Techaisle SMB and Midmarket SaaS adoption data comparison from 2015 to 2019, illustrates that US SMB SaaS adoption went from widespread to practically ubiquitous. In 2015, less than 60% of microbusinesses and only 62% of all US small businesses were using SaaS, though the balance reported an intent to adopt software-as-a-service. In 2019, microbusiness use of SaaS has reached 77%, and overall small business SaaS use is up more than 29% to 80% of all US firms within the 1-99 employee segment. Looked at another way, growth from 62% to 80% means that within four years, over 47% of small businesses that weren’t already using at least one SaaS service adopted the technology.
The relative increase in the midmarket is even more striking. In 2015, 83% of US firms with 100-999 employees were using SaaS; by 2019, this figure has reached 98%, meaning that 88% of the 17% of midmarket businesses that hadn’t adopted SaaS in 2015 began using SaaS in the 2016-2019-timeframe, and leaving only 2% of US midmarket businesses without any SaaS services in use.
Data gathered from Techaisle SMB and Midmarket SaaS adoption survey suggests that the immediate planned progression of SaaS portfolios will be measured in the US but not so in most other regions. European SMB SaaS adoption is still tepid at 49%, Asia/Pacific is not far behind Europe at 46%, and Latin America is still only 36%.
As is generally the case with cloud solutions, SMB buyers who have purchased or plan to acquire SaaS applications most often approach the ISV directly. While SPs/MSPs have traditionally been the most common alternative source of SaaS solutions, new SMB customers are increasingly turning to consultants – and to specialized cloud brokers – if they are not engaging directly with the ISV. The data indicates that these cloud service brokers are emerging as an important force in the SMB SaaS market.
Add-on services represent a large and essential source of revenue for SaaS suppliers; license spend represents less than 25% of total SMB customer spending, while non-license spend on services accounts for over 75% of the total. Support for analytics/dashboards and system integration are the two most widely adopted add-on services. Current SMB users are looking to invest in systems integration, sales process design, disaster recovery and deployment services, while new SaaS buyers are adding maintenance and operations, systems integration and analytics/dashboards to their new SaaS solutions. Some services are ‘stickier’ than others. Survey also found that SMBs often drop services after initial deployment is complete, but backup/DR, data cleaning, security, and analytics support are each retained by at least three-quarters of initial SMB SaaS buyers.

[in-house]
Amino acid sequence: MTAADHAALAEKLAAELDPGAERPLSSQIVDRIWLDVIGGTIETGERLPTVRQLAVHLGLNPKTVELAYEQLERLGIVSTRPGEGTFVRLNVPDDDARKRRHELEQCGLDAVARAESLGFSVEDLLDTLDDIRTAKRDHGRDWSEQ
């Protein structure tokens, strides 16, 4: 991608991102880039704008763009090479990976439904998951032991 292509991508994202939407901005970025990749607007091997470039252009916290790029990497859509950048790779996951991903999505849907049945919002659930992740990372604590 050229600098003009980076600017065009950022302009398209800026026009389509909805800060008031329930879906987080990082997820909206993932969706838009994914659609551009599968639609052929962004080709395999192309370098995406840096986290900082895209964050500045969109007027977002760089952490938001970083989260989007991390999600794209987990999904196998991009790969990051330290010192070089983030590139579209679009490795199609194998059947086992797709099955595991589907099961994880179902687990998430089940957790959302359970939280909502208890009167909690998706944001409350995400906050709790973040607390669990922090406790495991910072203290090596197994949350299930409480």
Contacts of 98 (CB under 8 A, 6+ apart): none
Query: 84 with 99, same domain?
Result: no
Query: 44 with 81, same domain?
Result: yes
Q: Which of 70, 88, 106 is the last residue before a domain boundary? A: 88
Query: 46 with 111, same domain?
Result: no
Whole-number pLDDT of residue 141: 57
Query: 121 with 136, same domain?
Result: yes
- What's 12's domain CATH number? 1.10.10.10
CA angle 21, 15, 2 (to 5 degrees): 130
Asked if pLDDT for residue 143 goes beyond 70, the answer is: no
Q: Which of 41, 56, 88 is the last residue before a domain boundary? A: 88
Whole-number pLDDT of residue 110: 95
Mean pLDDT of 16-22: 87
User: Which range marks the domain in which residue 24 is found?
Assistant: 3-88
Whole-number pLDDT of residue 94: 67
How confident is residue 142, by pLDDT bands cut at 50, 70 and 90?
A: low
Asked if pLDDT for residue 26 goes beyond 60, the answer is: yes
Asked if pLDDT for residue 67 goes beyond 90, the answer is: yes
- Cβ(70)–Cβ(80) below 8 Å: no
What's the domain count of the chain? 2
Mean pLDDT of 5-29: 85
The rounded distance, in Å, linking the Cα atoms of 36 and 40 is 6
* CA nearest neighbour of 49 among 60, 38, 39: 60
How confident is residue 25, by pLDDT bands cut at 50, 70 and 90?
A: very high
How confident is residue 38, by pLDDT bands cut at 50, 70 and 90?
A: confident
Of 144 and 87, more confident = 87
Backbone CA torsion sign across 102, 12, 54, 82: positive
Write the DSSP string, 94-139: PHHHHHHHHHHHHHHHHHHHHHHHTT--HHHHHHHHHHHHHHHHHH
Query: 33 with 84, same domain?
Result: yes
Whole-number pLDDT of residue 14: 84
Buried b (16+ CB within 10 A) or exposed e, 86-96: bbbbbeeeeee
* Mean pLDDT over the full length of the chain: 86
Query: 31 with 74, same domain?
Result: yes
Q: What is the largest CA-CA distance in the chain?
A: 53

Stickiness, however, is mainly a function of company size. Very small (<10 employees) businesses tend to dramatically reduce annual spend after deployment, while small and mid-sized businesses report relatively flat year-over-year spending.
System configuration (including designing reports, dashboards and analytics), customization, data and/or application integration, consulting (including sales process design) and training are the top five non-license services acquired by SMBs, as measured by percentage of total services spending.
Let us drill down into services usage with the adoption of CRM.
Nearly 100% of SMBs purchased one or more services along with CRM solutions. In fact, most SMBs used four different types of services – top service was the development of analytics and dashboards followed by systems integration including data migration.
Data also shows that SMBs do not think it necessary to purchase these two services at the time of CRM deployment but they decide to add them after using CRM for a period of time. SMBs using Salesforce purchased an average of 5.3 services as compared to 4.7 by the SMBs using Microsoft dynamics. Lack of services purchased at the time of CRM deployment ultimately catches up with SMBs.
Data on add-on services for ERP suggests that current users acquired business process design services - to align processes with ERP features - and system configuration services - screen design, reports, dashboards. In future, this group is likely to also purchase system integration and training services.
Services contracts associated with ERP solutions are generally ‘stickier’ than those purchased to get CRM solutions up and running. In particular, dashboard-related and consulting services tend to be used for multiple years, and five other services - application performance monitoring, security, patch management, production support and data cleaning - are retained by over 70% of SMB firms who acquire them as part of the ERP launch process.
There is no longer a need to persuade the SMB community to embrace SaaS – the focus has shifted from adoption to (more and deeper) use, and marketers are in turn able to rely on increased market understanding of the business impact of SaaS as they develop messaging for a more-experienced target SMB market. And add-on services market cannot and should not be ignored by SaaS suppliers.